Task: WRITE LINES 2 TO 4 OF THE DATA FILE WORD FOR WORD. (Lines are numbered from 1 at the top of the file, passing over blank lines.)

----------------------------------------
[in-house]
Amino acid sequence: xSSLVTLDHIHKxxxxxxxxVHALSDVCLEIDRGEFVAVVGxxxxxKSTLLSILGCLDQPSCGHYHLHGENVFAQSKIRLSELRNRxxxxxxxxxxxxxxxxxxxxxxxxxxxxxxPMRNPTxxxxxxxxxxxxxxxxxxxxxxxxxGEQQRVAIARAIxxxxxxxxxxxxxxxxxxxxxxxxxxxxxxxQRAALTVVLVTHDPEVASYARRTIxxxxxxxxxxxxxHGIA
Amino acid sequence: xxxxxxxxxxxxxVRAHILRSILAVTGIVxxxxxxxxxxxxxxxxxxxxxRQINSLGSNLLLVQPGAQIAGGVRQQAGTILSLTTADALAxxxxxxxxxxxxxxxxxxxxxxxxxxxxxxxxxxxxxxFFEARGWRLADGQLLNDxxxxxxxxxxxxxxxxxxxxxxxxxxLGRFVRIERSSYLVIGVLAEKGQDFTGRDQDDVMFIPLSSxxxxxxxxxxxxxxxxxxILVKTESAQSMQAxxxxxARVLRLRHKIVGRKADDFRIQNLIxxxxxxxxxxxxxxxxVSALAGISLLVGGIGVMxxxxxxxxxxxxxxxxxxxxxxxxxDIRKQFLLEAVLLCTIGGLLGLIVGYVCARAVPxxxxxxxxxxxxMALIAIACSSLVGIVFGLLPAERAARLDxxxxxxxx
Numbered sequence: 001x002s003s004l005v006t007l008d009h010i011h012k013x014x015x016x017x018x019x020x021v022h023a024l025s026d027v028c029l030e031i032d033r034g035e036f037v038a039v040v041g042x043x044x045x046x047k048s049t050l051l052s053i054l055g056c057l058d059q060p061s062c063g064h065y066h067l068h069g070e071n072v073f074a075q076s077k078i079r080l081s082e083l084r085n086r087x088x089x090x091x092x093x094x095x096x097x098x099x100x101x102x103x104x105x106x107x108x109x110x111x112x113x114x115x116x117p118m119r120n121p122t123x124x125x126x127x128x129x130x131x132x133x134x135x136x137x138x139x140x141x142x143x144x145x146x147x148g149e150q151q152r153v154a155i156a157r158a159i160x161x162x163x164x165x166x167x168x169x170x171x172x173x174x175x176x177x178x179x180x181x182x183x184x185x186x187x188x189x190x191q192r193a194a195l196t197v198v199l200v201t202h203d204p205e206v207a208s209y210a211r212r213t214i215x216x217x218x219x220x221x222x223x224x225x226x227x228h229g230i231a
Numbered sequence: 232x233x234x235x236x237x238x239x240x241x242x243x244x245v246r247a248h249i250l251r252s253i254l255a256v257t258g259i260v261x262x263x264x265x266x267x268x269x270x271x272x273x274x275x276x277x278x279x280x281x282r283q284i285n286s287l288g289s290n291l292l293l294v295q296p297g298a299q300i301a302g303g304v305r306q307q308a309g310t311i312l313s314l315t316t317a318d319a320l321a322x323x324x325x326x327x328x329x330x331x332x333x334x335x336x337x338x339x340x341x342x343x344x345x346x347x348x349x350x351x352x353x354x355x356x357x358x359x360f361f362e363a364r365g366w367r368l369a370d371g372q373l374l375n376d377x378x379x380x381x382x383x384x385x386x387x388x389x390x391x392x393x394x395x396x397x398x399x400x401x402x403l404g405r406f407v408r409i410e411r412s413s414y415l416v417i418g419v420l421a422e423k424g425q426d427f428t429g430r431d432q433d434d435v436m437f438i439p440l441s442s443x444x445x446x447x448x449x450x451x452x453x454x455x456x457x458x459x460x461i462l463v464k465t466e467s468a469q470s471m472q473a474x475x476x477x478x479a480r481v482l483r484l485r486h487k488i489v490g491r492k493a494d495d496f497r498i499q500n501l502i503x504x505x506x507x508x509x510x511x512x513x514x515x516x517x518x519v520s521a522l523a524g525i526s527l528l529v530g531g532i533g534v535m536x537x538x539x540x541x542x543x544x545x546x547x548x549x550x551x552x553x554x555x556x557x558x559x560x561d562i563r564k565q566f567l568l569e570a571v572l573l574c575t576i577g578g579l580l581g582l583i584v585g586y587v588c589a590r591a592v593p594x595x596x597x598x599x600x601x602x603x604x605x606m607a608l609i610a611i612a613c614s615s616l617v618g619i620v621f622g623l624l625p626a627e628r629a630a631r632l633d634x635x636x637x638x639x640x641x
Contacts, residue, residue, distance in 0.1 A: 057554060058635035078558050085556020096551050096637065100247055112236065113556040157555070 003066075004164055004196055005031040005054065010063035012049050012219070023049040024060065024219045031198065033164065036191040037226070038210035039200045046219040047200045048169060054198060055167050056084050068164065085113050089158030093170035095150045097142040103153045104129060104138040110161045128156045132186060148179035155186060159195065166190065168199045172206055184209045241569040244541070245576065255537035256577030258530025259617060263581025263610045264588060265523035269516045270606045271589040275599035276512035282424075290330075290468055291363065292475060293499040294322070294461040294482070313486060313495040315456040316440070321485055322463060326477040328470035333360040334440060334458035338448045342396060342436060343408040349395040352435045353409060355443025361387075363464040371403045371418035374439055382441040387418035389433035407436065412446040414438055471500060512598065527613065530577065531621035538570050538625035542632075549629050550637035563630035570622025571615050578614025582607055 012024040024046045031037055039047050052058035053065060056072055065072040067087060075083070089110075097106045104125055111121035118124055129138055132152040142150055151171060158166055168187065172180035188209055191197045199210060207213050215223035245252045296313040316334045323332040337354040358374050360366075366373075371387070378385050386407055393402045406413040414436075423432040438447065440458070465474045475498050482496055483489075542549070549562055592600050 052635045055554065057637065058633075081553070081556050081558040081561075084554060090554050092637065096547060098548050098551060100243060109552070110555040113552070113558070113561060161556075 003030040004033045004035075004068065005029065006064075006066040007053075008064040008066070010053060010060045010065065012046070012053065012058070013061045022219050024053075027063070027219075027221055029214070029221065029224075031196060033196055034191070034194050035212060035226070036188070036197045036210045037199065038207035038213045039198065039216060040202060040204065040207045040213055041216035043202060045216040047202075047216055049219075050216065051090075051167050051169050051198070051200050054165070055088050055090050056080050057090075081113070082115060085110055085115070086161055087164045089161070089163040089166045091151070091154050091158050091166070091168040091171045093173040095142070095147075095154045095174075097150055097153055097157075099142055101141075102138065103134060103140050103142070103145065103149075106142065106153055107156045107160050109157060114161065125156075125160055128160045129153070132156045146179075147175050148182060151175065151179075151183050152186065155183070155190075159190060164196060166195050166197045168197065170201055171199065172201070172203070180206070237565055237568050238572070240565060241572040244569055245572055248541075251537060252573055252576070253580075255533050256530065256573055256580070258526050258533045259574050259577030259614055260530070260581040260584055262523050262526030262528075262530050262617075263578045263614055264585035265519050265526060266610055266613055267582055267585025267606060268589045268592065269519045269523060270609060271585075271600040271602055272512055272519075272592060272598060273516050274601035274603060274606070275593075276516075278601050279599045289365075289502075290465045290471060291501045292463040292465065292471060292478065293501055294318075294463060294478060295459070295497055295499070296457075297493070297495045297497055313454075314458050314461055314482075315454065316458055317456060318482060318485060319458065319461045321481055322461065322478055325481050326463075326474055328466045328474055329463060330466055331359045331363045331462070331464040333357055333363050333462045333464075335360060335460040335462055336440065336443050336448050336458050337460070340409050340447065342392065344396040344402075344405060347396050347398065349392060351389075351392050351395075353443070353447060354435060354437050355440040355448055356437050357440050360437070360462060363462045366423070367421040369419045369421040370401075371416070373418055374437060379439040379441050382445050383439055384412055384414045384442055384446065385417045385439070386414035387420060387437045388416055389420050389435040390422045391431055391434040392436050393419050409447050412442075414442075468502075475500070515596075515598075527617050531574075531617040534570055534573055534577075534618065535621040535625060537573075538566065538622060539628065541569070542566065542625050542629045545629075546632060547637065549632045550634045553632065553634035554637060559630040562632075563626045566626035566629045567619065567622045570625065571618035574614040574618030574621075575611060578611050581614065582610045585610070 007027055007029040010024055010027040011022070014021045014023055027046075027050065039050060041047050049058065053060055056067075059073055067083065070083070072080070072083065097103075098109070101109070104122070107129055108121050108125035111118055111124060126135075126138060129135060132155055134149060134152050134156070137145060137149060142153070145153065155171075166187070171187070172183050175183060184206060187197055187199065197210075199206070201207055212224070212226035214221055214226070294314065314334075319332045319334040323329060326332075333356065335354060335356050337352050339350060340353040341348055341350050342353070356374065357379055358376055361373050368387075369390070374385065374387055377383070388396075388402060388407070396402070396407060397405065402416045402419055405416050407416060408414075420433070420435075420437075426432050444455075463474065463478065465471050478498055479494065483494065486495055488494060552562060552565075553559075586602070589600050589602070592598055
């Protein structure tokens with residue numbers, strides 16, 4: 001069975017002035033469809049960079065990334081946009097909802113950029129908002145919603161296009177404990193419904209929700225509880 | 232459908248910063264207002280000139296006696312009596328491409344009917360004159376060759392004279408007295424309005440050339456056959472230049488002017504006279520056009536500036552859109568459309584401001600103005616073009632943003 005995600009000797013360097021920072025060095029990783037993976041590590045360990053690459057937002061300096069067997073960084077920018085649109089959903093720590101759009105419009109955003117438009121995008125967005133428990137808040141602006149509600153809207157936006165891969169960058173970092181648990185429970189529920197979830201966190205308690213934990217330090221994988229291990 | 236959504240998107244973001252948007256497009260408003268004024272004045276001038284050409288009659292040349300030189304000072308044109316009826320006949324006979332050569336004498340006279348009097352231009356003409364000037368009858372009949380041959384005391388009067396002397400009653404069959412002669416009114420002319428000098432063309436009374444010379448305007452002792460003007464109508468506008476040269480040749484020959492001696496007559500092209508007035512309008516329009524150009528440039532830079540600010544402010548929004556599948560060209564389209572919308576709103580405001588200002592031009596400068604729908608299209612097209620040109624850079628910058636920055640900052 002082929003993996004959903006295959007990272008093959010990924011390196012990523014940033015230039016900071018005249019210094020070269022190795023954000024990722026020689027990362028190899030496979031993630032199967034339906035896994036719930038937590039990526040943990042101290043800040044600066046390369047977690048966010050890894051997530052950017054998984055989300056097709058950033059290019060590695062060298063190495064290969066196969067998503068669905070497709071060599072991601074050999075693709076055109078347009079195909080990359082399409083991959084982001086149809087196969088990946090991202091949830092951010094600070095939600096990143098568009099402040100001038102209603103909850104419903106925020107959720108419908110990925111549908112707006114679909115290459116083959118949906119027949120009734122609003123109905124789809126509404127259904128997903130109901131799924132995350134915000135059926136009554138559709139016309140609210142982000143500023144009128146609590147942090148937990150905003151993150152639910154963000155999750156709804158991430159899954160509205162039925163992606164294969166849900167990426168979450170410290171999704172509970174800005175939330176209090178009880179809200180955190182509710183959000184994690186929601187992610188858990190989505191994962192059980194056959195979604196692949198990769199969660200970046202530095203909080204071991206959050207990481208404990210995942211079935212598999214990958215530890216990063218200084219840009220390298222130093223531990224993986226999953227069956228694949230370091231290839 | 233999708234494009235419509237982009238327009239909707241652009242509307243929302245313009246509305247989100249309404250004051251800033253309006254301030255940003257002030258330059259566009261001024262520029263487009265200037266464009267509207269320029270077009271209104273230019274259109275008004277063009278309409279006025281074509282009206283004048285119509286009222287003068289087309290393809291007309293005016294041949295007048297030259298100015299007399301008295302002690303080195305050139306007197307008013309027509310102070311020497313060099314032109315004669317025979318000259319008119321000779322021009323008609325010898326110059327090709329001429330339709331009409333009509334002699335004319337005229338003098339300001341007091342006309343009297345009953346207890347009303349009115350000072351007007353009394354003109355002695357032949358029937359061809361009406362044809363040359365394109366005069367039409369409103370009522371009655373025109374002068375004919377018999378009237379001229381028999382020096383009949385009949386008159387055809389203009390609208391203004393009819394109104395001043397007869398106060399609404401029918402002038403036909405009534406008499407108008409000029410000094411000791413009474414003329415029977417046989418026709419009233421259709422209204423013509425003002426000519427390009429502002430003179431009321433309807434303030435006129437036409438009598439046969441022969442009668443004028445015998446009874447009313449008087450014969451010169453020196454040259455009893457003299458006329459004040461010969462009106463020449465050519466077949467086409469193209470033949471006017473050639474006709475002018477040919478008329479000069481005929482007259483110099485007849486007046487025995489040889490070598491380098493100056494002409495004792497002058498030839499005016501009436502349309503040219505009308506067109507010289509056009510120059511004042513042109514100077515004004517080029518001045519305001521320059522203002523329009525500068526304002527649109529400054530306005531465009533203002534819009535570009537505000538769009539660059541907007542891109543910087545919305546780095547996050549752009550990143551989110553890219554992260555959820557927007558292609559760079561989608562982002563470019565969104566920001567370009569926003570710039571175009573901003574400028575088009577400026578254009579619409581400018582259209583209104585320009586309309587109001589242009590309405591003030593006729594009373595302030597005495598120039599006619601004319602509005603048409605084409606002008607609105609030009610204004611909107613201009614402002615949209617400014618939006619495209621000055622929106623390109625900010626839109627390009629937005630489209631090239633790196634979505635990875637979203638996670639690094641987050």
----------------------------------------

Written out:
Amino acid sequence: xSSLVTLDHIHKxxxxxxxxVHALSDVCLEIDRGEFVAVVGxxxxxKSTLLSILGCLDQPSCGHYHLHGENVFAQSKIRLSELRNRxxxxxxxxxxxxxxxxxxxxxxxxxxxxxxPMRNPTxxxxxxxxxxxxxxxxxxxxxxxxxGEQQRVAIARAIxxxxxxxxxxxxxxxxxxxxxxxxxxxxxxxQRAALTVVLVTHDPEVASYARRTIxxxxxxxxxxxxxHGIA
Amino acid sequence: xxxxxxxxxxxxxVRAHILRSILAVTGIVxxxxxxxxxxxxxxxxxxxxxRQINSLGSNLLLVQPGAQIAGGVRQQAGTILSLTTADALAxxxxxxxxxxxxxxxxxxxxxxxxxxxxxxxxxxxxxxFFEARGWRLADGQLLNDxxxxxxxxxxxxxxxxxxxxxxxxxxLGRFVRIERSSYLVIGVLAEKGQDFTGRDQDDVMFIPLSSxxxxxxxxxxxxxxxxxxILVKTESAQSMQAxxxxxARVLRLRHKIVGRKADDFRIQNLIxxxxxxxxxxxxxxxxVSALAGISLLVGGIGVMxxxxxxxxxxxxxxxxxxxxxxxxxDIRKQFLLEAVLLCTIGGLLGLIVGYVCARAVPxxxxxxxxxxxxMALIAIACSSLVGIVFGLLPAERAARLDxxxxxxxx
Numbered sequence: 001x002s003s004l005v006t007l008d009h010i011h012k013x014x015x016x017x018x019x020x021v022h023a024l025s026d027v028c029l030e031i032d033r034g035e036f037v038a039v040v041g042x043x044x045x046x047k048s049t050l051l052s053i054l055g056c057l058d059q060p061s062c063g064h065y066h067l068h069g070e071n072v073f074a075q076s077k078i079r080l081s082e083l084r085n086r087x088x089x090x091x092x093x094x095x096x097x098x099x100x101x102x103x104x105x106x107x108x109x110x111x112x113x114x115x116x117p118m119r120n121p122t123x124x125x126x127x128x129x130x131x132x133x134x135x136x137x138x139x140x141x142x143x144x145x146x147x148g149e150q151q152r153v154a155i156a157r158a159i160x161x162x163x164x165x166x167x168x169x170x171x172x173x174x175x176x177x178x179x180x181x182x183x184x185x186x187x188x189x190x191q192r193a194a195l196t197v198v199l200v201t202h203d204p205e206v207a208s209y210a211r212r213t214i215x216x217x218x219x220x221x222x223x224x225x226x227x228h229g230i231a